The Road to Success Is Paved With Determination--And a Bit of Tweaking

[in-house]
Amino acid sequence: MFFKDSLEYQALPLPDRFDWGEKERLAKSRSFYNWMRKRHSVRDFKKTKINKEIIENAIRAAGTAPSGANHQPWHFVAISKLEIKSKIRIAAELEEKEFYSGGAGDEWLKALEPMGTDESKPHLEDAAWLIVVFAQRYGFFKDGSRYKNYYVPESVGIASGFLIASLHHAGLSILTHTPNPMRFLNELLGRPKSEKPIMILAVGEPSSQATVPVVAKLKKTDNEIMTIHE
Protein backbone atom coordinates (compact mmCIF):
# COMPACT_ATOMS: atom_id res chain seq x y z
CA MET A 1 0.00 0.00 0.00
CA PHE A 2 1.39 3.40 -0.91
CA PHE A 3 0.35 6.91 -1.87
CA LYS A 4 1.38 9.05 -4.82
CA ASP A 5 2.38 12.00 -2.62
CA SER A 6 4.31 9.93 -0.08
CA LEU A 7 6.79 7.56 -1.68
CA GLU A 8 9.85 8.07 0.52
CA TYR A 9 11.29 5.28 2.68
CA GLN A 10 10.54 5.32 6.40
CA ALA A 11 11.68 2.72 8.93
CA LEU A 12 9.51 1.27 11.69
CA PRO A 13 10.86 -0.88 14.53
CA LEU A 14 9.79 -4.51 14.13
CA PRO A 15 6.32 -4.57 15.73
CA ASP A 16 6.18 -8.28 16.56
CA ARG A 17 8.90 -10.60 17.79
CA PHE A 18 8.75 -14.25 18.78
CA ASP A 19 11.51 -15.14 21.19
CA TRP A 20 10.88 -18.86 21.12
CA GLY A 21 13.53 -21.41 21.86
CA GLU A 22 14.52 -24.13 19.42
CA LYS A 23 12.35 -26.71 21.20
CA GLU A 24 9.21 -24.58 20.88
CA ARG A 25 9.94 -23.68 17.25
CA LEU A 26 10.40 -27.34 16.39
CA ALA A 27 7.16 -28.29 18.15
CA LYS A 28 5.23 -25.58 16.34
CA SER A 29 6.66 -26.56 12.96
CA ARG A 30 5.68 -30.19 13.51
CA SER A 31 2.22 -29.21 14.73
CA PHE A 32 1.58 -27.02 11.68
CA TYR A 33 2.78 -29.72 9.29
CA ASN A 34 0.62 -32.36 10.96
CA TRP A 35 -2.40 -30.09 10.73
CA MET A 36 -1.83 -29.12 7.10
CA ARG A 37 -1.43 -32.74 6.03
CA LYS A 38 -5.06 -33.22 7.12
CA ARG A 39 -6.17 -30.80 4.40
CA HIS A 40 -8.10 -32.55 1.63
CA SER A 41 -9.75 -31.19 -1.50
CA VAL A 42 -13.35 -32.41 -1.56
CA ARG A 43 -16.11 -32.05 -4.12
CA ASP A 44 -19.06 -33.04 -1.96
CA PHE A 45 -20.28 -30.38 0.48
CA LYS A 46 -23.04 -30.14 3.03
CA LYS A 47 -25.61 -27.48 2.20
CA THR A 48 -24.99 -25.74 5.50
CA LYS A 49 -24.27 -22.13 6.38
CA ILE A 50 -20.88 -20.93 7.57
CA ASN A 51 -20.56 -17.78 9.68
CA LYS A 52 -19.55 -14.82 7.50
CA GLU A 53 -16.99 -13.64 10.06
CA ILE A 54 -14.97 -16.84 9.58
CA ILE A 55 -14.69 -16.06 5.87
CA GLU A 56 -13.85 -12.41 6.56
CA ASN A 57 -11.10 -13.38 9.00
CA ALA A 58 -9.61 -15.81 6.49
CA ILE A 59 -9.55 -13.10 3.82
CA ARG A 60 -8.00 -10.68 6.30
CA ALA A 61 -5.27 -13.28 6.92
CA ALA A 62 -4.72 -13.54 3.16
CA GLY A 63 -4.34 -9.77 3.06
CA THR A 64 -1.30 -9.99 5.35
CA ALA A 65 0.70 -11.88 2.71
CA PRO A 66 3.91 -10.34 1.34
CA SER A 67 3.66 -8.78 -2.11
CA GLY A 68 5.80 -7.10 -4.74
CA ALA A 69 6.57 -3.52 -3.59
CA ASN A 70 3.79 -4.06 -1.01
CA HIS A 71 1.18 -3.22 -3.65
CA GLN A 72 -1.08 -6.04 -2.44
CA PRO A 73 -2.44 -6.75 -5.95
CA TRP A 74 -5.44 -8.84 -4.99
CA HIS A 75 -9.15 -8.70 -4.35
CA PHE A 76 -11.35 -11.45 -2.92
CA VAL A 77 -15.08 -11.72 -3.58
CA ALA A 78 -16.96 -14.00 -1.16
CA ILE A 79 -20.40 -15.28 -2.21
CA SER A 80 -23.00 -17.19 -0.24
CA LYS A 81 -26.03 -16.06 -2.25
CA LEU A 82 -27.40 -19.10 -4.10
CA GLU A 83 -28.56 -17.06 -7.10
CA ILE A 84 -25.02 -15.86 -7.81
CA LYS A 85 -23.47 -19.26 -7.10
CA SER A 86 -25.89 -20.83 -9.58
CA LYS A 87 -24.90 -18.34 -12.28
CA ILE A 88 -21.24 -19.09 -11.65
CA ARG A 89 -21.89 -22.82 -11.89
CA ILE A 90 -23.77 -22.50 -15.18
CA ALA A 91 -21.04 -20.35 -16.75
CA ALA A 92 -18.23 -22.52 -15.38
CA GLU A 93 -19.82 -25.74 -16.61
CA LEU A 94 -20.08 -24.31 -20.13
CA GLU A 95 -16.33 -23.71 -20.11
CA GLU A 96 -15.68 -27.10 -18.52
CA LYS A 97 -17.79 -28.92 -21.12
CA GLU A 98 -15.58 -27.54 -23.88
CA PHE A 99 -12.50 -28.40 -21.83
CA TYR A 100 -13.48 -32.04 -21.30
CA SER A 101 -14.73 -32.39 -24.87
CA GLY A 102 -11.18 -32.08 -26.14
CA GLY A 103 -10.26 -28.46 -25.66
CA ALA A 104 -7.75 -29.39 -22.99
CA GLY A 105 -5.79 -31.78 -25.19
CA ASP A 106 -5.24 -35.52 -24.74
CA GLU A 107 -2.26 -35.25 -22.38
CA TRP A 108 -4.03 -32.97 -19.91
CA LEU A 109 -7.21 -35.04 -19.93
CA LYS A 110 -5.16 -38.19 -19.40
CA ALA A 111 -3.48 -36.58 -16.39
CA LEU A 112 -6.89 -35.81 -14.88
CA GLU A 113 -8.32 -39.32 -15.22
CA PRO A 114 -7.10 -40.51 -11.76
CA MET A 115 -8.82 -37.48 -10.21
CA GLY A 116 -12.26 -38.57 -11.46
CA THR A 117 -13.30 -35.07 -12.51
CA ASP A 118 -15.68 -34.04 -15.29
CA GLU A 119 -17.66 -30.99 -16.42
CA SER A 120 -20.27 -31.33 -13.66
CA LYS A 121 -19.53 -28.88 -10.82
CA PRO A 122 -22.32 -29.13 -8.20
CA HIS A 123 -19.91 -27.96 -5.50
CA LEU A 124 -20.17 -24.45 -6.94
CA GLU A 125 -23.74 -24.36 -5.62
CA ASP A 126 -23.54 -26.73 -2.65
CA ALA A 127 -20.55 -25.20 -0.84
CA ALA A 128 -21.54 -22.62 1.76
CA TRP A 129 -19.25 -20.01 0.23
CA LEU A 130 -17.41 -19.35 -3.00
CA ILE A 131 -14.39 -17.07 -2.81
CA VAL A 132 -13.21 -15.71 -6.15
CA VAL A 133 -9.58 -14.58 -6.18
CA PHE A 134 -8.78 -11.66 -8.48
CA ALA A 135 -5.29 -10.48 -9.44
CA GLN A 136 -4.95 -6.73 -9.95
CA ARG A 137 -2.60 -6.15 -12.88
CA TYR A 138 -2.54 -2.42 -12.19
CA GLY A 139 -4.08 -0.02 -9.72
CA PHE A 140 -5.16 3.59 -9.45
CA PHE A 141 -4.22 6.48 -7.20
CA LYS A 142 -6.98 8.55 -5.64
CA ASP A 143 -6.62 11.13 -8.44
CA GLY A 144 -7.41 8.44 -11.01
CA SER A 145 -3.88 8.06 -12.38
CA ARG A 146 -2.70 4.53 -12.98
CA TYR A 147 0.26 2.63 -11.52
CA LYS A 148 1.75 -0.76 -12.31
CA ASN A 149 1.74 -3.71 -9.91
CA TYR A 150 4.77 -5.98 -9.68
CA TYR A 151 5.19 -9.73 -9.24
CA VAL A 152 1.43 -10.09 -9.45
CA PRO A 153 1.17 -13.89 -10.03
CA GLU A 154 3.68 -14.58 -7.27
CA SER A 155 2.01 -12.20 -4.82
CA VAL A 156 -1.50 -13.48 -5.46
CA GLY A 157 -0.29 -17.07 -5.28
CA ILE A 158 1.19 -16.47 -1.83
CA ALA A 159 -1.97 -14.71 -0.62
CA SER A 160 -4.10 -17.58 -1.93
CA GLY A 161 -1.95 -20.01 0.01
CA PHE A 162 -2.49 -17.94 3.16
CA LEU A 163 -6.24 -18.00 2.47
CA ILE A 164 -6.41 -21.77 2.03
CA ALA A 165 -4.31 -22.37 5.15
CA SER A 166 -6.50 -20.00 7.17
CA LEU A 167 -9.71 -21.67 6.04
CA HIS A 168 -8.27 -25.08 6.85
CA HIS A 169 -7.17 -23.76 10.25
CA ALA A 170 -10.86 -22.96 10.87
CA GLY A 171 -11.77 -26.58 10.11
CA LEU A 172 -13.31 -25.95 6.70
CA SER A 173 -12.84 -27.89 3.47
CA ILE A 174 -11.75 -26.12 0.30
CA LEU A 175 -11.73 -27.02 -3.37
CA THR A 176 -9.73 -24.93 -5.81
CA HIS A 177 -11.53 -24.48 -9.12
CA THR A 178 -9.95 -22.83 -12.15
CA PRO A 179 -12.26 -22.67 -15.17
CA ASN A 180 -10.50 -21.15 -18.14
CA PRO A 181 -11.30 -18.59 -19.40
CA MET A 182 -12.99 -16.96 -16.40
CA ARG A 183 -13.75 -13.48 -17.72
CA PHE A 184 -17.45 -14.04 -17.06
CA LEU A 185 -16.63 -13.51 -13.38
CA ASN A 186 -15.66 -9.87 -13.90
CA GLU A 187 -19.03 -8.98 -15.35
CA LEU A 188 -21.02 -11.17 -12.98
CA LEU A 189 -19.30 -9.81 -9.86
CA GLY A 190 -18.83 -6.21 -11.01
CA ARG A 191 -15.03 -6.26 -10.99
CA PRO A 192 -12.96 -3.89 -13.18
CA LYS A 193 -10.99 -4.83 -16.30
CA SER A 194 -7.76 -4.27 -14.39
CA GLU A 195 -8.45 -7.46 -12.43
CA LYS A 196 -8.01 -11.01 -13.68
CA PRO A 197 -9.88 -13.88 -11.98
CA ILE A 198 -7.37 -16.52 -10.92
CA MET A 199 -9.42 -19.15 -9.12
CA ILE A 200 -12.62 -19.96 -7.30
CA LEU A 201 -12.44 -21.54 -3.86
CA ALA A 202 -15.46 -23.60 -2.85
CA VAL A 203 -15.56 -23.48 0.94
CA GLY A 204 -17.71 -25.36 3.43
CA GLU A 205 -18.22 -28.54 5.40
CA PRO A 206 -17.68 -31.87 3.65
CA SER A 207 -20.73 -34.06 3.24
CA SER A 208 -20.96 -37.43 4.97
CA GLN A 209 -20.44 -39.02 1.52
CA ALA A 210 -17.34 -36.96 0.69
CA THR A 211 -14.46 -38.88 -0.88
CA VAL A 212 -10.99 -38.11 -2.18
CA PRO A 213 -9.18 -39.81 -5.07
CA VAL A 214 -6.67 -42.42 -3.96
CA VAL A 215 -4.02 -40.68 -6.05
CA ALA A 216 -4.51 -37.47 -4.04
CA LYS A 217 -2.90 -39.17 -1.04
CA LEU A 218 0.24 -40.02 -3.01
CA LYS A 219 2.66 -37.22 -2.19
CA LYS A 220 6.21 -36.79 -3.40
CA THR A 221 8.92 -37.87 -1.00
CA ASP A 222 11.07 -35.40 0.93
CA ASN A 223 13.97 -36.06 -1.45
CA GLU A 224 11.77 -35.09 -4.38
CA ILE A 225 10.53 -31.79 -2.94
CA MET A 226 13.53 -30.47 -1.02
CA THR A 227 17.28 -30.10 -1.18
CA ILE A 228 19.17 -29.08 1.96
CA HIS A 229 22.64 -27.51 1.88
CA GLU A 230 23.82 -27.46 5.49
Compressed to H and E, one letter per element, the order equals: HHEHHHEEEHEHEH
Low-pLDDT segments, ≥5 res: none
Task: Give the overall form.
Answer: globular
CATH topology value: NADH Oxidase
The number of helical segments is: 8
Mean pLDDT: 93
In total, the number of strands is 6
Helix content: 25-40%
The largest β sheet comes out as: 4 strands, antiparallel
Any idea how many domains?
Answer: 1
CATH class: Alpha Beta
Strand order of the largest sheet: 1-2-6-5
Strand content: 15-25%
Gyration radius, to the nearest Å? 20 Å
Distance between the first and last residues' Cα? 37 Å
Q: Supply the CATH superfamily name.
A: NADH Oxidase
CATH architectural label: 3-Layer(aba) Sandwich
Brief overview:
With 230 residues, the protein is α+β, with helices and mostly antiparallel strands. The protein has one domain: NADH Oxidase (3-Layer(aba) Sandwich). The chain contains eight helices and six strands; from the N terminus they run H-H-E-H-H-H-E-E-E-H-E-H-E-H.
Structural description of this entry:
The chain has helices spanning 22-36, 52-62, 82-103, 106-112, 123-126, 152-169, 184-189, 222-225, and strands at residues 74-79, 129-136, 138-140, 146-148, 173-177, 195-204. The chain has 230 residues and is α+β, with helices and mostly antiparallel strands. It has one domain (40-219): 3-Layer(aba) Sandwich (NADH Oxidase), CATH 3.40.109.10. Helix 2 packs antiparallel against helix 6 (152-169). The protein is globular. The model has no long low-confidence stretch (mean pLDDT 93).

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When I came to New Horizons in June 2000 the company was already working on a CRM solution; however, I soon realized that more than a simple CRM package was needed. As the world's largest independent computer-training company, reaching both the SMB and consumer segment, New Horizons has 2,400 instructors and 2,000 account executives in 47 countries. Of the company's 280 training centers, more than 250 are franchises. What this means is an awful lot of people with disparate needs to manage, and a vast amount of data to be used in a variety of ways. Most immediately we decided that a sales force automation tool would have to be integrated into our CRM solution. We were looking at an enterprisewide application that we could port out to our franchisees in an ASP model. We wanted to achieve this goal as quickly as possible, without going the way of so many failed large-scale integration projects. After spending much of June researching the market we settled on SalesLogix from Best Software and Training Partner from GeoMetrix, a great tool for back office, accounting, managing student transcripts, and various instructor components. Because Training Partner did not have CRM offerings or contact management, we took SalesLogix, tweaked it, and did some integration. Within three months we were doing an alpha rollout in local centers just to test the waters. Previously the company operated with a lot of poor processes like running a weak Access database for sales leads and scheduling. As a result, to make our new integrated system work we had to go back and re-create the building blocks of good business processes. The task ultimately took one year's worth of development to complete, but we accomplished it by rolling out service packs to end users, which they then implement at the local level. Most companies find that training end users to make good use of a CRM system is one of the major obstacles of getting ROI. At a learning center like New Horizons that shouldn't be a problem, right? Wrong. Just like at any other company we found that instituting a culture change was going to prove difficult. This was especially true since we hoped to recoup our implementation costs by selling the package back to franchisees in an ASP model. We got around the training and acceptance issues by instituting a 24-hour help desk that supports the ASP model, but most important, involves users by taking their change suggestions and presenting them using CRM functionality. For training we are now developing with Online Live, a virtual Web classroom that is used for the company's core business as well. This virtual Web classroom can be accessed through an Internet browser, which will be accessible to franchisees through a virtual private network. We've learned a valuable lesson for creating a successful CRM integration as we implemented this piece of the package: Don't be afraid to build what you'll surely throw out later. For example, right now we are building an internal system for learning management that will predate the Online Live rollout. It's a stepping stone to get users familiar with the system, which will be thrown out when the final Online Live version is completely developed. Yes, this will cost us money up front, but in the long run it will save valuable time in training and product acceptance. So far we are breaking even on our CRM integration, but we are confidently optimistic that this project will soon be a money-maker.
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